Tuesday, September 5, 2017

Rockets recognizing Coach Barnes' Parkinsons challenge

Coach Barnes
When the Rockets host the Tigers in this Friday's football game, Crittenden County Coach Al Starnes, the Rocket football team and Rocket nation will be joining in faith and spirt alongside Caldwell County Coach David Barnes in his fight against Parkinson’s disease.

Barnes, the 12th-year skipper of the Tiger football team, was told a few weeks ago that he has Parkinson's disease. Parkinson's is a progressive disorder of the nervous system that generally affects movement. There is no cure.

In a gesture of good will and support, Crittenden County’s football family will be selling “Stay Barnes Strong” T-shirts and raising money with all proceeds going to Parkinson’s disease research.
“There will be a special recognition and presentation of a check to the Parkinson's Research Association at halftime of the game,” said Rocket coach Al Starnes.

Dubbed “Paint The Night Blue and White,” a sea of blue and white helium balloons will fill the sky as Crittenden and Caldwell unify in this effort, Starnes said.

For several years, Caldwell and Crittenden counties have used their annual football game to rally around a particular off-field cause. This time, Coach Starnes says disease has hit home once again.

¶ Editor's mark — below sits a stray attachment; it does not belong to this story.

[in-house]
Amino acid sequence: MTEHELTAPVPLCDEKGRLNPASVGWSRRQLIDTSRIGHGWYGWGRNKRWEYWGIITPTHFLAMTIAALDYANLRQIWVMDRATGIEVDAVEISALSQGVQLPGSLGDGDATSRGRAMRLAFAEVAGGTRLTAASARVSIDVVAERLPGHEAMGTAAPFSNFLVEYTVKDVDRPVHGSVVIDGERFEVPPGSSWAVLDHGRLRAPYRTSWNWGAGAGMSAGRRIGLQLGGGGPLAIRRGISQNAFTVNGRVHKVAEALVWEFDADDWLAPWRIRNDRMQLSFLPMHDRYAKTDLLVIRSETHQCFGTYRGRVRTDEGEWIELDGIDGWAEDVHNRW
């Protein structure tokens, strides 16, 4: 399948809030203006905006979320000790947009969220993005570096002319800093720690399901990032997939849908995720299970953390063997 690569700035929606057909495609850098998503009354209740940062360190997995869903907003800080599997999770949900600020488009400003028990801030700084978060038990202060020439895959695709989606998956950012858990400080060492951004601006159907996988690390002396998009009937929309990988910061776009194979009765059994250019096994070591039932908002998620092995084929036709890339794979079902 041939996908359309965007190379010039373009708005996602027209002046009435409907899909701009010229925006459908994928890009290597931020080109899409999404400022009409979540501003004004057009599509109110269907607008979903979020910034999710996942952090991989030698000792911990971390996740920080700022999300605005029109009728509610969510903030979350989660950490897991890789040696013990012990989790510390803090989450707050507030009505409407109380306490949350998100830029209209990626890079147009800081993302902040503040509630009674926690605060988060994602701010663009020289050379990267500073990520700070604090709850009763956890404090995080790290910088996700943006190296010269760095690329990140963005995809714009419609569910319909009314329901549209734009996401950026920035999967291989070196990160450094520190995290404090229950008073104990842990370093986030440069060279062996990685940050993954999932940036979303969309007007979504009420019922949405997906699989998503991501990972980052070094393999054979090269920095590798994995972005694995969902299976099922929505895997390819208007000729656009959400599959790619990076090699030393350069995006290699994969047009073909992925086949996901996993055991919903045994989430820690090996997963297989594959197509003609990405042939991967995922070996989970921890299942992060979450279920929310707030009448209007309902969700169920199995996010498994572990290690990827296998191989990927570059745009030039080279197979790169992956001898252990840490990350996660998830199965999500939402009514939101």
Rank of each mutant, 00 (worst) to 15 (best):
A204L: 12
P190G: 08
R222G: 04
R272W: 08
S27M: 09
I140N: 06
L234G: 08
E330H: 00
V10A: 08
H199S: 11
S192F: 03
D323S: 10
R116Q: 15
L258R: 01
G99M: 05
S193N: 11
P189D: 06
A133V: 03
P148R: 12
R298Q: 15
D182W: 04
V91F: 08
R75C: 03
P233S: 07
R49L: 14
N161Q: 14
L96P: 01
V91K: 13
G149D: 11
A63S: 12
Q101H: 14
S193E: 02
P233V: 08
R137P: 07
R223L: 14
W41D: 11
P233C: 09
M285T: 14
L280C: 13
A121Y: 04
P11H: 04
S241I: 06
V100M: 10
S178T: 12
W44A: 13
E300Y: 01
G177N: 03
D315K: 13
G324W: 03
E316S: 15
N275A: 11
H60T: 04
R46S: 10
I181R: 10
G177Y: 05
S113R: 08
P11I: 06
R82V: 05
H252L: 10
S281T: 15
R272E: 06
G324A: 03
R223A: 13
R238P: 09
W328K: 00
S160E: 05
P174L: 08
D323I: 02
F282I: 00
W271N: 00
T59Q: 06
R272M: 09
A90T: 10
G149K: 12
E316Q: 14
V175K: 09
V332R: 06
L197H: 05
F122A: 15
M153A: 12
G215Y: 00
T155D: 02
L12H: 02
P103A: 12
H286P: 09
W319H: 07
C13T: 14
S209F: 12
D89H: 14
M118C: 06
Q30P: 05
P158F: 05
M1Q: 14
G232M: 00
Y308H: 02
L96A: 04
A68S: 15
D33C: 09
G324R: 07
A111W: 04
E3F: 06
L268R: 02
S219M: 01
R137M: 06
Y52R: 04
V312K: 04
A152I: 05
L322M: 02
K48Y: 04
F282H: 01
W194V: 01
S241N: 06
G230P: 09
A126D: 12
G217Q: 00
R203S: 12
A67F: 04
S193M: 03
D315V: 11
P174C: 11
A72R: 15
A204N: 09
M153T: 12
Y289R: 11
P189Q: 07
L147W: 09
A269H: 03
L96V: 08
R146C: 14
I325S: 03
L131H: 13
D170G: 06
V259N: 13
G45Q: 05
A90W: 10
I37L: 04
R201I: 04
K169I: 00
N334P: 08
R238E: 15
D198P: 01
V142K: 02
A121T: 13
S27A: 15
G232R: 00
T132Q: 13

“Coach Barnes and his family are going through a challenging period and Rocket Football stands firmly by their side,” said Starnes, Crittenden County’s 27-year coach. “We are lead by our spirit and faith to try to make a tiny difference in his life and the lives of others struggling with this diseases.”

When Coach Starnes and his wife Angela were both fighting cancer a few years ago, Caldwell County’s football family was among the first to show its support.

“We want to show Coach Barnes that we stand with him and for him,” Starnes added.

There will be fundraising efforts inside the schools and collection containers placed around town where the community can contribute. The effort has adopted the hashtag slogan #bethedifference as part of its campaign to create awareness for the disease.